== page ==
Location: 7 S. Warren Street, Dover, New Jersey

Ice Dam Dangers

Ice Dam Dangers

Although ice dams can be beautiful, they also cause a potential danger. Forming icicles can actually be a sign of an ice dam, especially when the temperature’s outside are below freezing. An ice dam forms when there is melting snow on the roof caused by rising heat from inside the home, warming the roof’s surface. As the snow melts, the edge of the roof collects all this water and begins to freeze because of the below freezing temperature outside. Some of the water will be held back by the dam and stay liquid. Eventually, water can find its way through cracks even travel 5 to 10 feet back up into shingles. This could result in water seeping in the ceilings of your home and causing interior damage.

Signs of interior water damage are:

  • Rust on drywall fasteners,
  • Peeling paint,
  • Sagging  drywall,
  • And stains around windows and doors.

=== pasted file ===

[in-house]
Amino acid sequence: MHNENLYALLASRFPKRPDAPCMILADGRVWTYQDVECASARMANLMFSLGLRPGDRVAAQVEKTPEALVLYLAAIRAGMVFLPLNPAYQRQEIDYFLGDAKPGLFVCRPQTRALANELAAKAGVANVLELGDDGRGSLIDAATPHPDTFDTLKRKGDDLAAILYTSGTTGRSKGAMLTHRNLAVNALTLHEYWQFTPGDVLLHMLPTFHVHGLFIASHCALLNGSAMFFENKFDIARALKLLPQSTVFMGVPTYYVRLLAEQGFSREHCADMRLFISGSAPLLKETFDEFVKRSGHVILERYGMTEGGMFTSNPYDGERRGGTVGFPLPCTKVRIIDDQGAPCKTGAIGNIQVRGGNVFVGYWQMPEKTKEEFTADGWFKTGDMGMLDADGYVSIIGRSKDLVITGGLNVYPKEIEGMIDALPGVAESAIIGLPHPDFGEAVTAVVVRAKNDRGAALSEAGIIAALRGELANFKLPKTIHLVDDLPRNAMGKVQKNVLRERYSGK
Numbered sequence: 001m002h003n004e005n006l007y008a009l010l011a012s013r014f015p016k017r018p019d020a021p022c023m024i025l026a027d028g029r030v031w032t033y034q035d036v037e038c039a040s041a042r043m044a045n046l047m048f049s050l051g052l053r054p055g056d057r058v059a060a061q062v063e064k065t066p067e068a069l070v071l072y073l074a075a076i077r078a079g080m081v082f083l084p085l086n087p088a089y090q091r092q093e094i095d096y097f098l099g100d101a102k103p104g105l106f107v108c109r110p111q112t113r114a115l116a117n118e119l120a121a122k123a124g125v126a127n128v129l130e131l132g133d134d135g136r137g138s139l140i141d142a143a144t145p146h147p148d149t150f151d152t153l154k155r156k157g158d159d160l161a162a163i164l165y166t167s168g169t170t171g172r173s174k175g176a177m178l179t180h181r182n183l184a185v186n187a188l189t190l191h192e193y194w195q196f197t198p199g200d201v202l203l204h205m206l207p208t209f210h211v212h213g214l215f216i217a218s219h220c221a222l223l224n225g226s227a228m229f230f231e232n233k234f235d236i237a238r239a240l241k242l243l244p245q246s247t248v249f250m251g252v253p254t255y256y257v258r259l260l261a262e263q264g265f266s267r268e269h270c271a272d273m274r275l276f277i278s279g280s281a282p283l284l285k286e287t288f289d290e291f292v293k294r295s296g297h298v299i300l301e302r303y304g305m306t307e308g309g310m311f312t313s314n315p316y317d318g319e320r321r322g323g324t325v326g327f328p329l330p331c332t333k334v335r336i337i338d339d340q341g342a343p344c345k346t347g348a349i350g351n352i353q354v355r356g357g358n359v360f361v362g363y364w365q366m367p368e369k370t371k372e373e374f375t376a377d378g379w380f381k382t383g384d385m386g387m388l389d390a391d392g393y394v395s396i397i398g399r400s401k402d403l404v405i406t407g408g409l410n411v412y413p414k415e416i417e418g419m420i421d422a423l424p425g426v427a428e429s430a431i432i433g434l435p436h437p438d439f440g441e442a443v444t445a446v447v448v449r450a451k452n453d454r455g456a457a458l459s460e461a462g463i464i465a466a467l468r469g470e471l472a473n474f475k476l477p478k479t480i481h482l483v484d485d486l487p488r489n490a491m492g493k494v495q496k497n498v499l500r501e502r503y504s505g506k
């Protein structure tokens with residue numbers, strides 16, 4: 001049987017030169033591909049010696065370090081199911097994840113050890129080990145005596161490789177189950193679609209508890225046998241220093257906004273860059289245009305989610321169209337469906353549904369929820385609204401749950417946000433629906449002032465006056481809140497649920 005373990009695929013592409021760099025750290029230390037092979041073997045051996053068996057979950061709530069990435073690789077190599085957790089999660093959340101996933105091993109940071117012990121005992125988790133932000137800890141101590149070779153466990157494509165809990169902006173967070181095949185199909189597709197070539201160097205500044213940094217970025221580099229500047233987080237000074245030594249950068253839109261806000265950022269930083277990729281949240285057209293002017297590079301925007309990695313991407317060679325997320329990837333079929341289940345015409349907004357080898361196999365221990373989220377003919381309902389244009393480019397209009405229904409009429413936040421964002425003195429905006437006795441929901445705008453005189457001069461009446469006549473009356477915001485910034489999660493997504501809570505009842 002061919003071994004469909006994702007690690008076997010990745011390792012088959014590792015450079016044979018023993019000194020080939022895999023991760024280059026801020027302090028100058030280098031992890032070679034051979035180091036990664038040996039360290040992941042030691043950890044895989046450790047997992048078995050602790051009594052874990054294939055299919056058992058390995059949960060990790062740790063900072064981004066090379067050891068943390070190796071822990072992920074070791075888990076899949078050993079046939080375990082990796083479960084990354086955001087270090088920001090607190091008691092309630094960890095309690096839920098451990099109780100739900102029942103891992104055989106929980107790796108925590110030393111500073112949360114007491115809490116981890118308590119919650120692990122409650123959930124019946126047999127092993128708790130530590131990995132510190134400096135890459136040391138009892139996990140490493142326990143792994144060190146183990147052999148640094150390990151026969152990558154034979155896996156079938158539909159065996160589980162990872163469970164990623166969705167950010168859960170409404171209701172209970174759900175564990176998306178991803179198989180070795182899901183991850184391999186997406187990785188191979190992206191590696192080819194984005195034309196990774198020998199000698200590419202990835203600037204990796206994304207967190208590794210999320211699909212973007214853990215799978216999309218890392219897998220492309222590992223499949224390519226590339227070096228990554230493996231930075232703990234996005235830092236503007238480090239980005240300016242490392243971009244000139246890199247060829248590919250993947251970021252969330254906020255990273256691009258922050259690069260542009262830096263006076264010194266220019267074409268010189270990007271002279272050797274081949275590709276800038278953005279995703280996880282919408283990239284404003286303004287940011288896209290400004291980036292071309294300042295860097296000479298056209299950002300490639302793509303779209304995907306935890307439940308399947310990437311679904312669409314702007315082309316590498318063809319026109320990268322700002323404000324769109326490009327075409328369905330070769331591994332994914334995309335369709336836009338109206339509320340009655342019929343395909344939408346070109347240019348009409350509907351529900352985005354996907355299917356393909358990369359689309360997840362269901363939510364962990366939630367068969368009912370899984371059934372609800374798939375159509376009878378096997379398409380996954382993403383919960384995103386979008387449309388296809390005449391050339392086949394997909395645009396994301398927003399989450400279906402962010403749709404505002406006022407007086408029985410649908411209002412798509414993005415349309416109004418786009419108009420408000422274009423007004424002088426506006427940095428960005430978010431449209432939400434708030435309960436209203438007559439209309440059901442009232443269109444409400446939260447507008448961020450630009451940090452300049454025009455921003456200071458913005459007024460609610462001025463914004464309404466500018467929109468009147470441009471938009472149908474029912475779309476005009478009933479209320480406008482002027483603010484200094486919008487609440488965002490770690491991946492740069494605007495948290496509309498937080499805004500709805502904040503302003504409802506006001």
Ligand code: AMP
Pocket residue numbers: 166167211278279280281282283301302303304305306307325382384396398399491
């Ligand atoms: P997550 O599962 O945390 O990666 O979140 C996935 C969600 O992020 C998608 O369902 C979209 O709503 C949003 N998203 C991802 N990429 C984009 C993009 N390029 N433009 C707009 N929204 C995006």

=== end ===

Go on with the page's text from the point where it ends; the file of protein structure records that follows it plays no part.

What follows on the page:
However, ice dams can be prevented keeping you roof cold in the following ways:

  • Close up attic bypasses
    In the average home, about one-third of the heat loss is through the ceiling into the attic and most of that loss comes from air leaks caused by unblocked walls, gaps in drywall, and cracks around light fixtures, plumbing pipes, chimneys, access hatches and other ceiling penetrations. You have to climb into your attic, pull or rake back insulation, and plug the leaks using foam, caulk and other methods. Low roof angles make some air leaks difficult to reach. This work is definitely a cool weather project; your attic will be unbearably hot otherwise.
  • Measure your attic insulation level
    While you’re in the attic, check the depth of your attic insulation. Building codes require about 12 to 14 in. of fiberglass or cellulose.  Add more insulation if you’ve had problems with leaks in the past.
  • Add roof and soffit vents
    Attic ventilation draws in cold outdoor air and flushes out warmer attic air, cooling the attic and the roof in the process. The minimum ventilation area  should be about 1 sq. ft. of vent per 300 sq. ft. of ceiling area  Add enough so their ventilating area is about equal to the area of soffit vents. This might deliver a whole lot more ventilation than the minimum requirement.

Be sure to stay warm this winter and avoid any damages to your home!